I couldn’t ask for a more playful pair of lovebirds. He simply found her irresistible, she was his ‘dumpling,’ and he couldn’t keep from snuggling and hugging her, even dancing around together for a moment. I suddenly felt that their restaurant (sadly they didn’t come back the next year, business being really tough in Italy’s economy, and we really missed them on our next visit) was their little theater, and so I photographed them on their ‘stage’ set. It’s one of a lot of frames I made, but it’s easy affection and real warmth keeps me engaged.

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JULY 22, 2015

Penmanship

On the streets of Cortona with students in the workshop, I saw a few of those balletic moments of no great significance, but which keep the eye sharp and the appetite hungry. When I was a kid we were taught penmanship with a real old fashioned pen that was dipped into an inkwell. We had to make slinky-like spirals and other gestural swirls and swishes so that we would develop a ‘good hand’ and be ready at any instant to create beautiful letters.

Like penmanship, the attuned eye, following the rhythm of life on the streets, keeps one sharp and ready for when the moment arrives. These little toe pointings, and head tiltings are nuanced gestures that lead to a more watchful readiness and also to enjoying the rich, unexpected incidents that can happen when you pay attention.

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This image of 2 sisters, one already filled out and worldly, and for a moment taking charge of her younger sibling, filled me with the sense of what sexual development, or the lack of it, may offer in the way of power between people. Who knows what the hidden text of this picture really is? For all I know she was saying, ‘gosh, that’s hot, don’t you have a lighter top?’ But it also could be about the difference between being a teenager and not.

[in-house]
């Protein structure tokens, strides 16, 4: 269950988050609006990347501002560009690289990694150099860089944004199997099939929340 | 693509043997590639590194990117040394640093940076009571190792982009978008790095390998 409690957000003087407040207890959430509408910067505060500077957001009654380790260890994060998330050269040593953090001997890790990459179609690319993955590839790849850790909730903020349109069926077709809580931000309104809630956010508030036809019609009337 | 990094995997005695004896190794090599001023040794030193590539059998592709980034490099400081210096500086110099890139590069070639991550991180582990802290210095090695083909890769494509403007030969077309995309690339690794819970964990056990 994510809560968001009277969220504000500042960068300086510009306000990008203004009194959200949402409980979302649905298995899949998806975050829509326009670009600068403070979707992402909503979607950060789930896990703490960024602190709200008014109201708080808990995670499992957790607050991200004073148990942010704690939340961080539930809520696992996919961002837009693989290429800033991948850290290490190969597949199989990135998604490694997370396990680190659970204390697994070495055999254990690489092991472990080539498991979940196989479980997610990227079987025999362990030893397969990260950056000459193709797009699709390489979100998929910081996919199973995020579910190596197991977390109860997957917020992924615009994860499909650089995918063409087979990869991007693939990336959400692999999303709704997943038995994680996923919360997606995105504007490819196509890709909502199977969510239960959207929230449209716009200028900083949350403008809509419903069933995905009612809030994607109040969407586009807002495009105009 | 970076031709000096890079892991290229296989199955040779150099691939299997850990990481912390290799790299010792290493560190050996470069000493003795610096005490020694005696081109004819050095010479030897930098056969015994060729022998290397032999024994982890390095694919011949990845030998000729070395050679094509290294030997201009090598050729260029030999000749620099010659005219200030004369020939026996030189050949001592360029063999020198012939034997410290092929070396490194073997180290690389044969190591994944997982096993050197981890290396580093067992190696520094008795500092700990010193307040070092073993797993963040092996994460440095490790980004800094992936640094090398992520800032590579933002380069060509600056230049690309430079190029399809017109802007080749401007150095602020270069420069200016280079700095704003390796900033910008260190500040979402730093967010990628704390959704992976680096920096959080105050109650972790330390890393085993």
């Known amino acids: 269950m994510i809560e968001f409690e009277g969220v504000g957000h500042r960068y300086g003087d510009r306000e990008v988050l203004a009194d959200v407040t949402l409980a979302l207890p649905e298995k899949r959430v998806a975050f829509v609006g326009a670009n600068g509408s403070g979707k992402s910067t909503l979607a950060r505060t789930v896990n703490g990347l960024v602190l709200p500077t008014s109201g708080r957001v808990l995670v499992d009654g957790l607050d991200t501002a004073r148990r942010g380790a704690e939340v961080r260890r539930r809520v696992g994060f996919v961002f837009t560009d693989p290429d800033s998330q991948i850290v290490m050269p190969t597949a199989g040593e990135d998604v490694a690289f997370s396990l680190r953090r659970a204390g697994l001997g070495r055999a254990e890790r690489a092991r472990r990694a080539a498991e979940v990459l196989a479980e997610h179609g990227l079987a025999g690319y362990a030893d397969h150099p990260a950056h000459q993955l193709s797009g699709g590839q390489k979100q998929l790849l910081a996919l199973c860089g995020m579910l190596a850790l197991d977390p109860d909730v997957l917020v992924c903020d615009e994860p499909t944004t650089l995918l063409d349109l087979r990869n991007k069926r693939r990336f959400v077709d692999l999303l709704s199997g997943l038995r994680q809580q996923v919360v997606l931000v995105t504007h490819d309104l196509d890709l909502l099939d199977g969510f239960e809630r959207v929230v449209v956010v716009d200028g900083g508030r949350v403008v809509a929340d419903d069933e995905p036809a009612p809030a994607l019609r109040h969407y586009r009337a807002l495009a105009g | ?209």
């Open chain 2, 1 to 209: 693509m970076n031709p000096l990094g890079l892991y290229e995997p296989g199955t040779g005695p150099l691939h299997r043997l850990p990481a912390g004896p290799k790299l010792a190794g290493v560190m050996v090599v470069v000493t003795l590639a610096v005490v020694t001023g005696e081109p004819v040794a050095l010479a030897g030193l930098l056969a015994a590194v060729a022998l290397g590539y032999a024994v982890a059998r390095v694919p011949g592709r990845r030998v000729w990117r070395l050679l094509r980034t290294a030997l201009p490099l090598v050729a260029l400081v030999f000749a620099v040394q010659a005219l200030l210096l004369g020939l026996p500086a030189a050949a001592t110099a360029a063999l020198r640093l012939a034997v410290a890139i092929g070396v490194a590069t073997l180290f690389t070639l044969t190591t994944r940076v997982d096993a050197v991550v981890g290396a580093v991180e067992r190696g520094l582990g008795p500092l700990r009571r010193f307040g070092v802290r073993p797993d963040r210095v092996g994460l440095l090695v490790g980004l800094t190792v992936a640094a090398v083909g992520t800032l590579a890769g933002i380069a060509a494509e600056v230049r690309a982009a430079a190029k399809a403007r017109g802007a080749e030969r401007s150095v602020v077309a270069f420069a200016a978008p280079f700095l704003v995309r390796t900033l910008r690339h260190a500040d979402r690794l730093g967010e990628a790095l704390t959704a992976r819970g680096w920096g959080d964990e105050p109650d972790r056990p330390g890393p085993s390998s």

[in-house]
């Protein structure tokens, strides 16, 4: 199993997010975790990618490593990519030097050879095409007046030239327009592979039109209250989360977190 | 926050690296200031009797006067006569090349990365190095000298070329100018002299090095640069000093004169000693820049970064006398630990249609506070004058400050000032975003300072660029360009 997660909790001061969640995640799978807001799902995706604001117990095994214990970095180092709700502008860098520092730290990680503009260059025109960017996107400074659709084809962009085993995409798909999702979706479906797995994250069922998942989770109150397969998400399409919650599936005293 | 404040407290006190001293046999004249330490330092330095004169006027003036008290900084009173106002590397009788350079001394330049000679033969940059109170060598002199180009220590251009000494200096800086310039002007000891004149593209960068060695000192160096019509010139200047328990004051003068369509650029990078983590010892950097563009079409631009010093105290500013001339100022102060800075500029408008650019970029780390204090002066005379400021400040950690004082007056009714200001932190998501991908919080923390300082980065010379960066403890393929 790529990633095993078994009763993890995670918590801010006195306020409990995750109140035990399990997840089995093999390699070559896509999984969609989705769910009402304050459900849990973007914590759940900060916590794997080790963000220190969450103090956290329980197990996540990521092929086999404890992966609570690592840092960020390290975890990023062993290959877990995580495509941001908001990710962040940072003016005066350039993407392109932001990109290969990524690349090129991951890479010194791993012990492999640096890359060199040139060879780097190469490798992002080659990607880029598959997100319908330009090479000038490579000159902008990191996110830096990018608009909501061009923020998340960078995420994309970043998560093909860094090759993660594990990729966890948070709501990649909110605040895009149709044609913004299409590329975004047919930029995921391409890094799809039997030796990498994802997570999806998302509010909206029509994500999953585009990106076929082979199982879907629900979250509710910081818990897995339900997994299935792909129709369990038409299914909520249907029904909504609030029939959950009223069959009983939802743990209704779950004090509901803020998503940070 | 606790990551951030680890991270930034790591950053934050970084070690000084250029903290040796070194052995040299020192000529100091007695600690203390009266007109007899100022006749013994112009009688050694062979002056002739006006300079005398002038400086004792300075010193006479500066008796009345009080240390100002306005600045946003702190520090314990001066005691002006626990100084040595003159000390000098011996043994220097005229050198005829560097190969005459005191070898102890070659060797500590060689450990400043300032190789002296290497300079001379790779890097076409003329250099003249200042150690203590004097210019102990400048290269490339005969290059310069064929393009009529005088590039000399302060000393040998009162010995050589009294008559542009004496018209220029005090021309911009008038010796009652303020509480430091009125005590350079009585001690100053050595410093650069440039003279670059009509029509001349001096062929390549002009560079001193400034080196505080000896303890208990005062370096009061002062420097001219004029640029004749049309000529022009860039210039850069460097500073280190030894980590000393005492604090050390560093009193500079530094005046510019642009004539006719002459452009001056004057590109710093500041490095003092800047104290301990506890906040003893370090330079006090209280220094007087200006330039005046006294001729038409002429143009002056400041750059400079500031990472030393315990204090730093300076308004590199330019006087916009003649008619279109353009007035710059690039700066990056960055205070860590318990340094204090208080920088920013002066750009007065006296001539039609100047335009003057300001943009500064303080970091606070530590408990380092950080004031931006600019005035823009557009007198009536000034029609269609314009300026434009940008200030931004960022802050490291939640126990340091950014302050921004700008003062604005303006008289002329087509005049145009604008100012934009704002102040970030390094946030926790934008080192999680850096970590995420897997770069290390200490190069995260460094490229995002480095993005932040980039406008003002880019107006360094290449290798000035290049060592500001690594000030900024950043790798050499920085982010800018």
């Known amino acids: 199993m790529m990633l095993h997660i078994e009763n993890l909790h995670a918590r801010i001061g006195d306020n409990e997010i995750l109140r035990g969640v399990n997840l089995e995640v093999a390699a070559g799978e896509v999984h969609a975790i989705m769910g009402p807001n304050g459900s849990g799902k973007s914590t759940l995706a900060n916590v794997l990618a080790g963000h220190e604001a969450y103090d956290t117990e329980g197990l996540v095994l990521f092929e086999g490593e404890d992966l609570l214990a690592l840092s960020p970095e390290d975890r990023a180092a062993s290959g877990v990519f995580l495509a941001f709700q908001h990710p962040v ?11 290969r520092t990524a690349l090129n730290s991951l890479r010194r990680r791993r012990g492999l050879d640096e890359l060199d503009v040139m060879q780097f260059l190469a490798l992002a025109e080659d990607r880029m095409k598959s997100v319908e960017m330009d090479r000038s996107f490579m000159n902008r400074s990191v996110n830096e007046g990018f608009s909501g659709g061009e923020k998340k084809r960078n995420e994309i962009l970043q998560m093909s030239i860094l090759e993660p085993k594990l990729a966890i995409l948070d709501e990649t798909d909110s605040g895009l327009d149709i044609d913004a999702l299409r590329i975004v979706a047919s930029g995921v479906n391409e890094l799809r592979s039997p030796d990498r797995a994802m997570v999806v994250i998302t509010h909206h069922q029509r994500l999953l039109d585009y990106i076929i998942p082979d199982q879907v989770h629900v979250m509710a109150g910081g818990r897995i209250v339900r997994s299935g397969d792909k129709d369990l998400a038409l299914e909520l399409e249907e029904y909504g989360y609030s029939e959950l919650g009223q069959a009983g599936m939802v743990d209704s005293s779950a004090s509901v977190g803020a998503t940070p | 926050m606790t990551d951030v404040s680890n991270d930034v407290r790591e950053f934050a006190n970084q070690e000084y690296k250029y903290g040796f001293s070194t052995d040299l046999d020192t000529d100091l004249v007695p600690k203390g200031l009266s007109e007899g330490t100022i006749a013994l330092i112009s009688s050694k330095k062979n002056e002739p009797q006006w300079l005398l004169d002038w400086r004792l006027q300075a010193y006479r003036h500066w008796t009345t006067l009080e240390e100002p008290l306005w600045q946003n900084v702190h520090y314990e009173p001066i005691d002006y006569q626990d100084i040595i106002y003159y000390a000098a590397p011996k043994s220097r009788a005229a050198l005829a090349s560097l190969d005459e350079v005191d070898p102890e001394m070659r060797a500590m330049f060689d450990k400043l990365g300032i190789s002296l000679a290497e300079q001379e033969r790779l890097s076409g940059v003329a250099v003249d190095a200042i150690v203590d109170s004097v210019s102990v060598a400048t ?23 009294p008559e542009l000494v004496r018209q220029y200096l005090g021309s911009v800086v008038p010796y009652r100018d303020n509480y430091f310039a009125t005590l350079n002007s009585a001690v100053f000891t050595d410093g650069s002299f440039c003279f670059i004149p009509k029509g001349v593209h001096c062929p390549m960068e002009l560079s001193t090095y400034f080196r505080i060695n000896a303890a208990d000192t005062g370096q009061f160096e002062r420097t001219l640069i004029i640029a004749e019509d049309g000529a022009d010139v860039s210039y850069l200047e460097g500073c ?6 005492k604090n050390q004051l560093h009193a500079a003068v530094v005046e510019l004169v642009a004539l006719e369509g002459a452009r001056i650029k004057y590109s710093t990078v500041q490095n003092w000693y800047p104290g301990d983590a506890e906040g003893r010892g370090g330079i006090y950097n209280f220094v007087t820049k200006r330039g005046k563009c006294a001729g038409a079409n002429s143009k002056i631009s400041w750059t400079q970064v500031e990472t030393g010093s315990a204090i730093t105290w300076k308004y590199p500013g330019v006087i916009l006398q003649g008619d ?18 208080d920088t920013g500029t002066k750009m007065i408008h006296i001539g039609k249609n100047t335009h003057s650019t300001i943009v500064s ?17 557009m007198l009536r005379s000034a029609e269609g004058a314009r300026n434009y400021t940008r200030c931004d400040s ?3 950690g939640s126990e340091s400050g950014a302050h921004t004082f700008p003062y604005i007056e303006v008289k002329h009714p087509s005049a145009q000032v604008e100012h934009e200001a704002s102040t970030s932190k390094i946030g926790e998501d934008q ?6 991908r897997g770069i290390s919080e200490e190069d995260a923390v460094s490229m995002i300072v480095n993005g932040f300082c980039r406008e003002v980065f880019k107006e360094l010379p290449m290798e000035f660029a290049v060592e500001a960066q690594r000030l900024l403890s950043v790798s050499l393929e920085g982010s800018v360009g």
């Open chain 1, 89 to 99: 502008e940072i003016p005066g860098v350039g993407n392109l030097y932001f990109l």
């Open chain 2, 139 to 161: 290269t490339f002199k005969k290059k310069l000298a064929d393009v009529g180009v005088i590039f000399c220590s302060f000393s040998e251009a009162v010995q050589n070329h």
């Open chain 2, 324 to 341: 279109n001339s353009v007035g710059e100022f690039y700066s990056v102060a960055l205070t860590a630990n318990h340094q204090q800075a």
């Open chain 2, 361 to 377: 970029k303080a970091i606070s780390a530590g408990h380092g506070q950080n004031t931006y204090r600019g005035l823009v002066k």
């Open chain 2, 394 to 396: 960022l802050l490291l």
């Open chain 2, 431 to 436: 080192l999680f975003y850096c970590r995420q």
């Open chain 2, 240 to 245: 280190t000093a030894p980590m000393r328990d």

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JUNE 26, 2015

All is Being Lost

In a roadside restaurant in the Maremma region of Tuscany I watched this man feed his Alzheimer’s-ish mother. Having cared for my own Alzheimer father I recognized the tenderness and patience he brought to the   task. The roles are reversed at this stage of life; the parent is the 3 or 4 year old, and the child assumes the parent role, and often, in this situation, the deepening absence of the parent doesn’t bring the joy one gets with the awakening of the child to the world around them.

All is being lost and yet there is nothing to do but love and care for them while watching the decline. But every once in a while there is the briefest moment of return to lucidity and the present, and like photography, if we are present, we get the gift of their awakening, and then it’s gone.

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JUNE 6, 2015

Softening

Some moments are rich with meaning and yet so simple as to be ordinary. Gianni was walking down the road with his son Giovanni, a 24 year old who, like many young adults, has been in revolt against all the values of his parents. It’s normal. And Giovanni has a tough act to follow with his father, who is rooted to the Tuscan earth like few people I have ever met. Often they are capable of a give and take that is complicated.

But this year something has changed, and as I watched them go down the road, in the glow of the last light of evening, I saw what could on the one hand be just a cliché, but in reality is the softening of differences that maturity brings. It was beautiful to me on all counts.